Three Faces of Fascism: Action Francaise, Italian Fascism, National Socialism
by Ernst Nolte, translated by Leila Vennewitz
Holt, Rinehart & Winston, 561 pp., $7.95
Unlike its Communist rival, European Fascism has not hitherto been made the theme of notable philosophical investigations. There are some excellent historical studies of both the Italian and the German experience, but the philosophers have on the whole tended to subsume the topic, when they have concerned themselves with it at all, under the more general heading of totalitarianism. The difficulty of dealing in rational terms with an irrationalist ideology may have something to do with it, but in the main this loss of interest must be due to the political misfortunes of the movement and the discredit which clings to its name. At its peak it did not lack defenders. The case of Heidegger—calling upon the students of Freiburg in 1933 to be loyal to Volk and Fuehrer—is only the most notorious. There were others, equally “engaged” and even more pertinacious, notably Carl Schmitt, already known during the Weimar period for his championship of authoritarianism. A decade earlier the signal had been given in Italy by Giovanni Gentle, for many years Croce’s rival in the exposition of neo-Hegelianism. Gentile had once represented the Italian version of liberalism (always a delicate plant) and he was still officially a liberal when in 1922 he entered Mussolini’s first government as Minister of Education. He soon went over to Fascism, and his educational reform achieved the dual purpose of handing the elementary schools over to the Church, while reserving secondary teaching to the Party: a typically Italian compromise, much appreciated by the Vatican. It is odd to think that this destruction of the Risorgimento tradition was accomplished by a liberal philosopher, but then it was an odd period altogether.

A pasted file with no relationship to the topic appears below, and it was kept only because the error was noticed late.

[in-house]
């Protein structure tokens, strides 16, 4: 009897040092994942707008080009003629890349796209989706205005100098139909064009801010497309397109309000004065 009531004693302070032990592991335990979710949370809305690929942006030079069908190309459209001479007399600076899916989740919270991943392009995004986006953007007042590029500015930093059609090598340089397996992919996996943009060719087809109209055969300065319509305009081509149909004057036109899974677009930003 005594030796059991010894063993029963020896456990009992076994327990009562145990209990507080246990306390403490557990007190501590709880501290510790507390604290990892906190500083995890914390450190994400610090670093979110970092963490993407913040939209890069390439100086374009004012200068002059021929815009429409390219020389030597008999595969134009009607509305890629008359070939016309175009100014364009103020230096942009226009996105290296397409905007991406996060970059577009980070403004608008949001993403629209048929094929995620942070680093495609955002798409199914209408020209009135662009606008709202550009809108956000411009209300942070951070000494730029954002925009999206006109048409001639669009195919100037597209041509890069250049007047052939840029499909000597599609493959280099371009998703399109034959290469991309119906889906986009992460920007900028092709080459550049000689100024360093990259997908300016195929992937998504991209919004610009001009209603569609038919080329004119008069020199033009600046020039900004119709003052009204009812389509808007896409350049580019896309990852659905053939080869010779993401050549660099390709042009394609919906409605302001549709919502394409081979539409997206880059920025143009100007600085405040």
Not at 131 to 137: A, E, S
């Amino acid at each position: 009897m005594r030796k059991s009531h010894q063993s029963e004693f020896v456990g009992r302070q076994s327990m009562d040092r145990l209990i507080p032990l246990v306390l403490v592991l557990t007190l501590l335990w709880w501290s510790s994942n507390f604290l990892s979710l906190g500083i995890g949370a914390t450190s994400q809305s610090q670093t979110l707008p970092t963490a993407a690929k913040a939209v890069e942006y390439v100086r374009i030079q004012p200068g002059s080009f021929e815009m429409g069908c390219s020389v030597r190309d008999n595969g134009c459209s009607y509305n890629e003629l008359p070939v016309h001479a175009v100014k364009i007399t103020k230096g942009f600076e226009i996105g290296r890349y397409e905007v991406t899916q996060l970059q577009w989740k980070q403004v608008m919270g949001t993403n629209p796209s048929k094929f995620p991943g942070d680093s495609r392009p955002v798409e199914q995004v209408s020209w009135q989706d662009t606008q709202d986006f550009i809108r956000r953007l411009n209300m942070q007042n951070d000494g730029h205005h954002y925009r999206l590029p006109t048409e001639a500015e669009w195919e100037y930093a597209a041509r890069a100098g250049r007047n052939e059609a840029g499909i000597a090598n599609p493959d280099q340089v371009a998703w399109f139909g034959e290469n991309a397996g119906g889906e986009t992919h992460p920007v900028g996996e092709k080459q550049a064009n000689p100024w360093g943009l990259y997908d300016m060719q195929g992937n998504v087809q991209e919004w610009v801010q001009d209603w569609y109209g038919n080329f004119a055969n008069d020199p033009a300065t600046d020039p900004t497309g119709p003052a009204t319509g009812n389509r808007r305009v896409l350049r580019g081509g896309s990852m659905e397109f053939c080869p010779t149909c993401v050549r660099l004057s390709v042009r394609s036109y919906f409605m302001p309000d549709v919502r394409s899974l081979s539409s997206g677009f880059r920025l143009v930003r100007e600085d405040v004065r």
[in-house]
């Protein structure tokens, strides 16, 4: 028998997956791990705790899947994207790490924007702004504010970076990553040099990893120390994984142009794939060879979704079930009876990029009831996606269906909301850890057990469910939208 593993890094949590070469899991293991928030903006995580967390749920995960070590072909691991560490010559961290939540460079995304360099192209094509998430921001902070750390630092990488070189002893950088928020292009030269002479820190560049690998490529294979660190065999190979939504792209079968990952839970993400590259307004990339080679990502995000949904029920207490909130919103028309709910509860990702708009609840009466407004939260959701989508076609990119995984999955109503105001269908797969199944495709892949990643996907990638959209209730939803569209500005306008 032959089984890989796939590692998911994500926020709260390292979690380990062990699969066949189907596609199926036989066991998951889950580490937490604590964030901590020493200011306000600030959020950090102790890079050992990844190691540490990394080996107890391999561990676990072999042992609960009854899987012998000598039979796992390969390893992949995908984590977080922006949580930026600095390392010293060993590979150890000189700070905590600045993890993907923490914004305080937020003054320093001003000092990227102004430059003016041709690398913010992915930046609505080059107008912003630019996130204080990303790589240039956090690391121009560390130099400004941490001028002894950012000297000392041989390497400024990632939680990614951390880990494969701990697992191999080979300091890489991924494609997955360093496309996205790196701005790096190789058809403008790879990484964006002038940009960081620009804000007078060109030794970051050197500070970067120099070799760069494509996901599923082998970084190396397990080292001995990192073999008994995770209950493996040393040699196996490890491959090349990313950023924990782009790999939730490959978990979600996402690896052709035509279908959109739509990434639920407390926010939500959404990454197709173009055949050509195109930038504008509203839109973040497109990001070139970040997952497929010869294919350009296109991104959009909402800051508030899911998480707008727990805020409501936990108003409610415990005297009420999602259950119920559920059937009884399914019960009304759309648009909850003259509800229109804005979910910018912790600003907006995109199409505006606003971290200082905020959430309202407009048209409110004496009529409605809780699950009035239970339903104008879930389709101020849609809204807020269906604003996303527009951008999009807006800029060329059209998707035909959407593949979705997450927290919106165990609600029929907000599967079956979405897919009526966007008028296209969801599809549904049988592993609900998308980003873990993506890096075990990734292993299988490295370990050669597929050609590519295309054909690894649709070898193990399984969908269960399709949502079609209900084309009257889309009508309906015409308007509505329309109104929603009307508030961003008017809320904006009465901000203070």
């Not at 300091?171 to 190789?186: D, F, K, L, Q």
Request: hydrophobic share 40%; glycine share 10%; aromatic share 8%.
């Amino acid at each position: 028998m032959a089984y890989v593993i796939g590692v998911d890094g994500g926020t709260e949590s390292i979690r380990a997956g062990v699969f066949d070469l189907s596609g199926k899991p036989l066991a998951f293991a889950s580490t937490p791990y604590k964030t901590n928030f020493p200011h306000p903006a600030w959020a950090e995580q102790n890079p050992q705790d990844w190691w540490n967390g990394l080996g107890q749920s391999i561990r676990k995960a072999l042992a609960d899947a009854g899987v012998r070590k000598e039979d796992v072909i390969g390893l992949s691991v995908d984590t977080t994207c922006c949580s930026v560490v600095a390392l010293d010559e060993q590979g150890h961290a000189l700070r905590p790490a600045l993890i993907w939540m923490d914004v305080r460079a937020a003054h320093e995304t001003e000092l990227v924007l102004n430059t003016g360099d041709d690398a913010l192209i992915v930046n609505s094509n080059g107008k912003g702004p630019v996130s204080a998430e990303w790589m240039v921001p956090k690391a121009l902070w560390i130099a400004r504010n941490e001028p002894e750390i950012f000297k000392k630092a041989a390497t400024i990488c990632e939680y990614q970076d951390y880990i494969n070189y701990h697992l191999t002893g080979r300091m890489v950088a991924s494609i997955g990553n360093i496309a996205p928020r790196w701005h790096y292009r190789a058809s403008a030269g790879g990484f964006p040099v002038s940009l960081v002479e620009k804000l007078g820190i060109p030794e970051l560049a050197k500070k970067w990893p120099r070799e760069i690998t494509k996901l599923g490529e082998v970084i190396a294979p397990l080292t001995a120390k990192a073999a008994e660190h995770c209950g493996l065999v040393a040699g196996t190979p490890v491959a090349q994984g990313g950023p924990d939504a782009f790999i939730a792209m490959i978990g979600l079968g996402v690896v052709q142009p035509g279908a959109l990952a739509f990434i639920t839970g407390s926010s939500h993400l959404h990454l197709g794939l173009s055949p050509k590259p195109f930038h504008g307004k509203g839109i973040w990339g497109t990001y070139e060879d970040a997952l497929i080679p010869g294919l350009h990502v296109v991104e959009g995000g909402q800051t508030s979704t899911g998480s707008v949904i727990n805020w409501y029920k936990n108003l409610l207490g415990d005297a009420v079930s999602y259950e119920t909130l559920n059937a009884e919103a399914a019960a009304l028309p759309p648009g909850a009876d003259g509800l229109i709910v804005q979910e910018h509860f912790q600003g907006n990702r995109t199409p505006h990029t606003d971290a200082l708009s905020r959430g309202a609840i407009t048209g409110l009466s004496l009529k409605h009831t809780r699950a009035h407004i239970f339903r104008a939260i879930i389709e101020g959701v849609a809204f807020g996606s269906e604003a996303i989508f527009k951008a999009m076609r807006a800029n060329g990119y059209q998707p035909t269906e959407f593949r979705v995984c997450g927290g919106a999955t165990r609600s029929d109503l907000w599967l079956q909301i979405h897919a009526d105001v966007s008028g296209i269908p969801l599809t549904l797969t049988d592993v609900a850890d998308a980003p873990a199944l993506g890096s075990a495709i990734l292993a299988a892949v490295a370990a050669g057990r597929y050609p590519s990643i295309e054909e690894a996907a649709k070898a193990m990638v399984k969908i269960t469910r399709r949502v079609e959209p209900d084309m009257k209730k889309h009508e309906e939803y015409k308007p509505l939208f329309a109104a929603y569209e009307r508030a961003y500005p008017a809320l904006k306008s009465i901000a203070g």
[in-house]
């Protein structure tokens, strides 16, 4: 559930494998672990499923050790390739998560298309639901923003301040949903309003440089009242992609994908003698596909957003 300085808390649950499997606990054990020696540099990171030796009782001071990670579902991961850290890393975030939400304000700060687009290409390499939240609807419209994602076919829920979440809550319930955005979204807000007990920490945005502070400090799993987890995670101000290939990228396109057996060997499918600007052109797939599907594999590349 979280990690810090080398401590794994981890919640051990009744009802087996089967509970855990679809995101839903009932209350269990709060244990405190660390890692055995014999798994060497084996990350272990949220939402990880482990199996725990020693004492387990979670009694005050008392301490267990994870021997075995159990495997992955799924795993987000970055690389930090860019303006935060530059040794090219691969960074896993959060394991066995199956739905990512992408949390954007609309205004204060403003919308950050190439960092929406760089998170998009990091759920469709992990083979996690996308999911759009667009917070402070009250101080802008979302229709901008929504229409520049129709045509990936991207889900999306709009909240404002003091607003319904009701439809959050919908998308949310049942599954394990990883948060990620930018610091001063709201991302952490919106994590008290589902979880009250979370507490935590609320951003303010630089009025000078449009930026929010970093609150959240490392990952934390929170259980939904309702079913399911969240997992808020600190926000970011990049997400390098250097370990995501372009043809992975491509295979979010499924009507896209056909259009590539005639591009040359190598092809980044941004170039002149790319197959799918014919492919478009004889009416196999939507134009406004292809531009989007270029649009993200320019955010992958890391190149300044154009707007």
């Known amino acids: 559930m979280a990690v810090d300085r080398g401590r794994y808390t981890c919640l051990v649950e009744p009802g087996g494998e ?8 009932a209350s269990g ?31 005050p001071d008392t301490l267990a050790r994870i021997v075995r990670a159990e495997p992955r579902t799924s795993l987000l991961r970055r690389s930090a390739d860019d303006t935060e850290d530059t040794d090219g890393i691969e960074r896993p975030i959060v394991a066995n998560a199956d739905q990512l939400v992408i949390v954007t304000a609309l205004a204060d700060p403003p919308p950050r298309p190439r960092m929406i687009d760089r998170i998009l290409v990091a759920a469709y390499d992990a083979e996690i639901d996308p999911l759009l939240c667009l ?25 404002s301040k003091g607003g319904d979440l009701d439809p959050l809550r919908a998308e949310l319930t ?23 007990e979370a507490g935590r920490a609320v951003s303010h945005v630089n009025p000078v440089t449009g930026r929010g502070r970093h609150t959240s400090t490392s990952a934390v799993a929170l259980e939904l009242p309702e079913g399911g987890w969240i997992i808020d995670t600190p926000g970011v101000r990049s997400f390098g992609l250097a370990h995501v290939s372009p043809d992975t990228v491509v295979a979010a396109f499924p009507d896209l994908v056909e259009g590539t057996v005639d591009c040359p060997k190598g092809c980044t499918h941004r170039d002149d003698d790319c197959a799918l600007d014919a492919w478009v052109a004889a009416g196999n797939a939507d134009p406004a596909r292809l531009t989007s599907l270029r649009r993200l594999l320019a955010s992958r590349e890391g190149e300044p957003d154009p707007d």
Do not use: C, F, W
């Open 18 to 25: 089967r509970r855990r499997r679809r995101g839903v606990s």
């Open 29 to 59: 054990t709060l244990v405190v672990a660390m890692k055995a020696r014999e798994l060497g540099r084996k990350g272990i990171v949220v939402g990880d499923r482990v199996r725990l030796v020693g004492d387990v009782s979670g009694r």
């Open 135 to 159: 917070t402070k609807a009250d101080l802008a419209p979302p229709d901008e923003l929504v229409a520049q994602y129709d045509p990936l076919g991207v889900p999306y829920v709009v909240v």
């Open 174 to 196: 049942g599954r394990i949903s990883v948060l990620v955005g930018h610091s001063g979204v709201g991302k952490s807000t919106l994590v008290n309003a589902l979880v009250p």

Since the philosophers have in recent years tumbled off the bandwagon, one cannot blame the politicians for being coy. Who today wants to be known as a Fascist? There are at least a dozen regimes among the newly independent states of Asia and Africa which could in good conscience lay claim to the title, but their leaders would sooner be called Communists, even at the not very considerable risk of losing some of their American subsidies. So far none but the titular head of the Saigon military government has publicly invoked the example of Hitler. The others keep mum or content themselves with an eclectic hotch-potch of nationalism, populism, and pseudo-socialism. The clearest case perhaps is that of Nasser. If anyone has the right to claim direct descent from the original fountainhead it is the Egyptian dictator, yet no one is more frantic in asserting the uniqueness and originality of his “Arab socialism.” Are the Baath clique in Damascus authentic Fascists? Well, yes (their friends in Baghdad, during their brief rule, massacred the Communists with a fervor reminiscent of the good old days), but one does not hear them proclaiming the fact in public. Few aspiring politicians these days care to be associated with the memory of the Duce, let alone the Fuehrer. Is Dr. Nkrumah a Fascist? He would …
Is He Is or Is He Ain't? March 3, 1966